Audiblox is our previous learning program, and has been upgraded to Edublox Online Tutor. This article appeared in the Courier-Mail in Australia on September 18, 1998:
In 15 years, Karusha Kratz had learnt to read only four words.
But after two weeks of a new intensive course, Karusha can now understand 45 words and is beginning to read basic books.
Karusha, who has Williams syndrome and attends Inala Special School, says she found it “aggravating” not to be able to read.
“It’s exciting to learn about books because I want to learn about books, because I have heaps of books in my room and I can’t read them,” she said.
“There’s Video Hits books I want to read because it’s very exciting to learn about stars and what they’re doing.”
Williams syndrome is a rare genetic disorder causing varying degrees of intellectual disability and also can affect the heart and bowel.
Karusha’s dramatic turnaround after years of frustration stunned her mother, Liz Kratz, who described the Audiblox technique as a miracle.
“It’s like we’ve been given what we were searching for for 15 years,” she said.
“We had been disappointed so many times before. To suddenly have her recognize all these words, it’s like a miracle.”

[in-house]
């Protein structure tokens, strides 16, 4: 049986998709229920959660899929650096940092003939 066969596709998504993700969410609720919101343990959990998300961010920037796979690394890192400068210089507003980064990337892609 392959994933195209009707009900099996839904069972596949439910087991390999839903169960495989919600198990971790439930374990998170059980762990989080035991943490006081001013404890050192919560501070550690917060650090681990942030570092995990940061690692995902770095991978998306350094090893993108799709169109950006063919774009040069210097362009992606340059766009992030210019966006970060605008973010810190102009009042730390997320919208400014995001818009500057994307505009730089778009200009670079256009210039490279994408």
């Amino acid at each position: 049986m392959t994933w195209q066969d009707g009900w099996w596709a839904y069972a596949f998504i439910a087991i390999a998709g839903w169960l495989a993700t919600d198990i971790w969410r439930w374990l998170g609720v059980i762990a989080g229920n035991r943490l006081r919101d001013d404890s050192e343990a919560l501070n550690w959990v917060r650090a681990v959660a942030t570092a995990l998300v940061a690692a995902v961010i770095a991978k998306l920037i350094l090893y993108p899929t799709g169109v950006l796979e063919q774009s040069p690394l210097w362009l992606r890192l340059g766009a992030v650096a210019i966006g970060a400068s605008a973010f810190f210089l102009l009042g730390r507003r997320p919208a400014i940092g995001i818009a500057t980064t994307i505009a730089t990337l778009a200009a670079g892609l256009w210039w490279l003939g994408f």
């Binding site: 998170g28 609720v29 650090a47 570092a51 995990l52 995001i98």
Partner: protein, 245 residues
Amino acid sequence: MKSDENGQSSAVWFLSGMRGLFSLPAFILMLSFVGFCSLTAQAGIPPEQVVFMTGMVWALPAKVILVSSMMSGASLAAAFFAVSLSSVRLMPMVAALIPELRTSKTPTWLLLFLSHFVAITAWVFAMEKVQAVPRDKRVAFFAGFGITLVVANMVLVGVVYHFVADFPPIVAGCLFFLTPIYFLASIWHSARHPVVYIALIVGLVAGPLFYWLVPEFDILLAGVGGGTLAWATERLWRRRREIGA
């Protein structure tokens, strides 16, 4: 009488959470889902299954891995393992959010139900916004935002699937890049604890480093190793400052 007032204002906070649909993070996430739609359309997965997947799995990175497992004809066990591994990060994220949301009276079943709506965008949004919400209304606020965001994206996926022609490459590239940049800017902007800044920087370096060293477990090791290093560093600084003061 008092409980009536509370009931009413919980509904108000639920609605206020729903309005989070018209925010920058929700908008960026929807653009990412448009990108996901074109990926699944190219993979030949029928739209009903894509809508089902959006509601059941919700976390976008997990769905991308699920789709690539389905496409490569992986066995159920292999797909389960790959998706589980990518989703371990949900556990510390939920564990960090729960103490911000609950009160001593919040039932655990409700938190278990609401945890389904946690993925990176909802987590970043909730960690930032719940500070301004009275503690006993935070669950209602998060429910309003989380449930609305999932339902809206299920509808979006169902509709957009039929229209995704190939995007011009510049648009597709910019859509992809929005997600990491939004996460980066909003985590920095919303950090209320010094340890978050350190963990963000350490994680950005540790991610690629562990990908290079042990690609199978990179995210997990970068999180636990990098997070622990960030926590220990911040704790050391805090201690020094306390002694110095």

The Audiblox programme was brought to Australia from South Africa by Melbourne-based Christiene Swanepoel under the name Blox.
Audiblox uses coloured blocks to re-teach basic memory, concentration and sequencing skills. Students must remember sequences and shapes of blocks, which becomes the foundation for reading and learning.
Ms Swanepoel came across the programme more than two years ago. She said it helped both abled and disabled students with reading or learning difficulties.
Inala Special School will monitor Karusha’s progress over the next three years.
Principal Ross Miles said the school was very interested to see if the short-term gains continued.
He said the programme revisited and re-packaged techniques used by Education Queensland over the years. It appeared to be a useful tool for increasing students’ memory.
Mrs Kratz said she had been desperate after having tried every reading programme without success.
“At 15, Karusha couldn’t even read ladies to gents, so I couldn’t let her go the toilets,” she said.